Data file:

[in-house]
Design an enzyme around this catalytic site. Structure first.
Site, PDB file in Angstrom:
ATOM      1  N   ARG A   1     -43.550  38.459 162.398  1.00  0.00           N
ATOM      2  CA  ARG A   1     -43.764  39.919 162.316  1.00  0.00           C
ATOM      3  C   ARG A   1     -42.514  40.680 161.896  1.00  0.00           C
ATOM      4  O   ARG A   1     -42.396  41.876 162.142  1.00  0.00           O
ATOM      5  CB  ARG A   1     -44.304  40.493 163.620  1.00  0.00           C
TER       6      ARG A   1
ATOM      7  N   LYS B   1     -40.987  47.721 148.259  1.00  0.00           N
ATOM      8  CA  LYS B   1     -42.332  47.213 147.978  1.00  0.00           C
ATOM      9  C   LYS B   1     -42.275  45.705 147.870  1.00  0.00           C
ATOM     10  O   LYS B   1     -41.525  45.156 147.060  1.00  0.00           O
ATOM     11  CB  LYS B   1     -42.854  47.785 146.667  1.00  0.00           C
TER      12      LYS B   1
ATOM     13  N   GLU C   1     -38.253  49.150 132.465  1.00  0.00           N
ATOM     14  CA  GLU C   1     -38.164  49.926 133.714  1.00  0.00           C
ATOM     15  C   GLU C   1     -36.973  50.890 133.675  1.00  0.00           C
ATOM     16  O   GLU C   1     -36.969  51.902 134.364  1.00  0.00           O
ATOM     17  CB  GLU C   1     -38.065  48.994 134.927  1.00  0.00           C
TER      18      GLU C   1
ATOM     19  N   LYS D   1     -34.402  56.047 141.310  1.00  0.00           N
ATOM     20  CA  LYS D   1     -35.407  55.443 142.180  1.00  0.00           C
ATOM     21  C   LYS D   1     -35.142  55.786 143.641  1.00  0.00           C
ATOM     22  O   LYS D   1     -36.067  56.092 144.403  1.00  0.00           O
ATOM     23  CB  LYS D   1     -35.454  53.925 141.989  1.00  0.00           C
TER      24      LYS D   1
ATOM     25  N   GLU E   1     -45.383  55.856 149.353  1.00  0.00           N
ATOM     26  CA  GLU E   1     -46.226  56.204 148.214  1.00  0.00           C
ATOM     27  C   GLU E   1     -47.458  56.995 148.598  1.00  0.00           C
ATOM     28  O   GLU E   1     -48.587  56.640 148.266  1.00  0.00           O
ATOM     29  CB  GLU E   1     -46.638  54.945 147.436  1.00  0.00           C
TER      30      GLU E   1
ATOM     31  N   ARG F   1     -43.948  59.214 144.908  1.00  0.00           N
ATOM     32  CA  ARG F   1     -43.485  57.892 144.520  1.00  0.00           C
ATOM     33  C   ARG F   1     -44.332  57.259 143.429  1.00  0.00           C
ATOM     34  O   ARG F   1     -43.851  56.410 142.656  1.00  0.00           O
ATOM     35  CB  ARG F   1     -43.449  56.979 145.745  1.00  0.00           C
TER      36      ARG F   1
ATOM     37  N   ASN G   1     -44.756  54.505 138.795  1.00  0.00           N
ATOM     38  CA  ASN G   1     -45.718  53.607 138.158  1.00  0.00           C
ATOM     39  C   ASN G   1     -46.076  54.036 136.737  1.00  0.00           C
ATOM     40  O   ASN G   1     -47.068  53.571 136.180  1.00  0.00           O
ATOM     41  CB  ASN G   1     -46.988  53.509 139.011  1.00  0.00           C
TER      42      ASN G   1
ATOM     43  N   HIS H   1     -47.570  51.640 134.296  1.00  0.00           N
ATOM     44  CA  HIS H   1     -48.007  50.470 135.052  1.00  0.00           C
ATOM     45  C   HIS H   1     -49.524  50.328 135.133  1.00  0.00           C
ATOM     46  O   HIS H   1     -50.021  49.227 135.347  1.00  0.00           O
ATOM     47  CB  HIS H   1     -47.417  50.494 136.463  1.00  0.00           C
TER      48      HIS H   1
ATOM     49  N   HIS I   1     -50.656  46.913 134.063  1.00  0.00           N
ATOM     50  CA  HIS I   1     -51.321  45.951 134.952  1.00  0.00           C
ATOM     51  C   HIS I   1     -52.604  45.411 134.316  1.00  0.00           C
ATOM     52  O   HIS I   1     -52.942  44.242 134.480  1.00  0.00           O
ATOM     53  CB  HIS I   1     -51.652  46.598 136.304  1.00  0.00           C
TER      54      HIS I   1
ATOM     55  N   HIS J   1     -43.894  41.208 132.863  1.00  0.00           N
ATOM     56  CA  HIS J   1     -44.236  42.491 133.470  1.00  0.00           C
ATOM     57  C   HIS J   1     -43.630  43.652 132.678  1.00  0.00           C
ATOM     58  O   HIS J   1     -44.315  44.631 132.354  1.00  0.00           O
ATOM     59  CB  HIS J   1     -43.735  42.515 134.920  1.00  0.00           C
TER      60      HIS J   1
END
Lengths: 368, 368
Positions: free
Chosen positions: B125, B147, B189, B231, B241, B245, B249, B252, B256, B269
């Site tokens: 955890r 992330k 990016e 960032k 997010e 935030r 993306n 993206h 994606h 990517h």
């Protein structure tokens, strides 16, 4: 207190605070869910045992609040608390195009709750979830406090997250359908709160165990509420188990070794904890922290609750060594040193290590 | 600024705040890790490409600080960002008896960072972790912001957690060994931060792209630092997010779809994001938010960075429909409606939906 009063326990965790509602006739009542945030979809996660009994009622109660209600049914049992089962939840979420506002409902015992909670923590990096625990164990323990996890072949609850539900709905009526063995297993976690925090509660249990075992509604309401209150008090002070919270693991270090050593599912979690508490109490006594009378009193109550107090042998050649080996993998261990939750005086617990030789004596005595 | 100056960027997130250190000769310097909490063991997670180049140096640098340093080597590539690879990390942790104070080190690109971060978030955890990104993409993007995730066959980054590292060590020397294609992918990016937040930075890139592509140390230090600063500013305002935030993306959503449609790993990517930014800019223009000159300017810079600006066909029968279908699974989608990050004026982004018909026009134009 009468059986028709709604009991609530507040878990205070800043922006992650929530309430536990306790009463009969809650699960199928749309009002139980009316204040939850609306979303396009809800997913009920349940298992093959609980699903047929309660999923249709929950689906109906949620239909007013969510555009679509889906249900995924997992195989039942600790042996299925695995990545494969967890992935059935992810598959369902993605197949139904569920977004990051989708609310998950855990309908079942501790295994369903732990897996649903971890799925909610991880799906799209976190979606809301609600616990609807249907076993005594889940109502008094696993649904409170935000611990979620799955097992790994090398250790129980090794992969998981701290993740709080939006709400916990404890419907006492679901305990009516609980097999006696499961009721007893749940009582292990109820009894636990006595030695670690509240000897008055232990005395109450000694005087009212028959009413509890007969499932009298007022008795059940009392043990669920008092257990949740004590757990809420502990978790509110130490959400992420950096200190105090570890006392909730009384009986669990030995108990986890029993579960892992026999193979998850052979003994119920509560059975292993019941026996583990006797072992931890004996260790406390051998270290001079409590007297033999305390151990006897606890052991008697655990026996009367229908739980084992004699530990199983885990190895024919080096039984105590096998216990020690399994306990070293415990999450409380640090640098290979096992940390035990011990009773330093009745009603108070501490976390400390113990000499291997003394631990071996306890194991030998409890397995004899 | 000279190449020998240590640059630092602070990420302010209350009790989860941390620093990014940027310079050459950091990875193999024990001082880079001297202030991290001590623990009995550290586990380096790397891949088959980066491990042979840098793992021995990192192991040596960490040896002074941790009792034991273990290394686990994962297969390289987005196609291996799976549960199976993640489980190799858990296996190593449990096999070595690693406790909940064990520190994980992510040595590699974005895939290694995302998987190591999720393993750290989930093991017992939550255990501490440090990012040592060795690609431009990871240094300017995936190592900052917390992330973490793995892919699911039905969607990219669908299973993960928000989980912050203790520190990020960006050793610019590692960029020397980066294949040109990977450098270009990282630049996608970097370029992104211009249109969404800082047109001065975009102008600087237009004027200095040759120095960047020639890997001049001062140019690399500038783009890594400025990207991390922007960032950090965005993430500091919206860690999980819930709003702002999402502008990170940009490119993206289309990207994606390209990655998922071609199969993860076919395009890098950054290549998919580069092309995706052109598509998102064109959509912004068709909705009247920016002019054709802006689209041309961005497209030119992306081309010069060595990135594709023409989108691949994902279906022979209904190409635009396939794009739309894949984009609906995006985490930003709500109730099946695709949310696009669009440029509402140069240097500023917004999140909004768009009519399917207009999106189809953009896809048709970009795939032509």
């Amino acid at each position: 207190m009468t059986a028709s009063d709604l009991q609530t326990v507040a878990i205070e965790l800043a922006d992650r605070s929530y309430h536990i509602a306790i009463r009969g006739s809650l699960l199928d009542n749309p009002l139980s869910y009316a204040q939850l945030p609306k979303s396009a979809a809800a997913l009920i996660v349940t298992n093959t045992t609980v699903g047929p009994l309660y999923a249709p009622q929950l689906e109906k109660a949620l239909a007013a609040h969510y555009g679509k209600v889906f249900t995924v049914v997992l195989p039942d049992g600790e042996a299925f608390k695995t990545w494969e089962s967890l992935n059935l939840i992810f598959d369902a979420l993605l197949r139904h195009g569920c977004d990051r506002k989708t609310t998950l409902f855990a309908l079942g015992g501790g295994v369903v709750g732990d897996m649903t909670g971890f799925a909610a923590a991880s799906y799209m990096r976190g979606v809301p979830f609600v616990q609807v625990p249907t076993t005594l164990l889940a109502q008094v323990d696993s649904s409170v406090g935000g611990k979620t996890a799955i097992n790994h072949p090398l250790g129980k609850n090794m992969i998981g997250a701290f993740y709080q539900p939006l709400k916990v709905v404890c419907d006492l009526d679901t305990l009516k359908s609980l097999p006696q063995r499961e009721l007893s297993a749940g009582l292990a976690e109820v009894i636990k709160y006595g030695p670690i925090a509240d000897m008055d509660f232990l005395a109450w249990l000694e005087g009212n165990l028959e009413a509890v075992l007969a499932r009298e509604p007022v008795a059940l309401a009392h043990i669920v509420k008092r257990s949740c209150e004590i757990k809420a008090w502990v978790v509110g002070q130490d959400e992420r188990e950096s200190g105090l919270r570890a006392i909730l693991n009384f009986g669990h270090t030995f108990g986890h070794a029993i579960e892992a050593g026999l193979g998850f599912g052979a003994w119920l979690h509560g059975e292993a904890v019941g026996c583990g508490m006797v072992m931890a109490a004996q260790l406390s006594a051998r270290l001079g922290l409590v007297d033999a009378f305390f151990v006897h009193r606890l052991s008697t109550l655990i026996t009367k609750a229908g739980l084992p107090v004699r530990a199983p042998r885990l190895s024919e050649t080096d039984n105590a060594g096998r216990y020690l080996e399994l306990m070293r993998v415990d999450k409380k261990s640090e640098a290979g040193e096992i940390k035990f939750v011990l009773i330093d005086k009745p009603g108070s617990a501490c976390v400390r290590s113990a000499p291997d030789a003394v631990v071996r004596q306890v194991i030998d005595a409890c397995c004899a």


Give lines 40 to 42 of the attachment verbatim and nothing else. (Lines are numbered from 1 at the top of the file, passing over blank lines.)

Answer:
ATOM     37  N   ASN G   1     -44.756  54.505 138.795  1.00  0.00           N
ATOM     38  CA  ASN G   1     -45.718  53.607 138.158  1.00  0.00           C
ATOM     39  C   ASN G   1     -46.076  54.036 136.737  1.00  0.00           C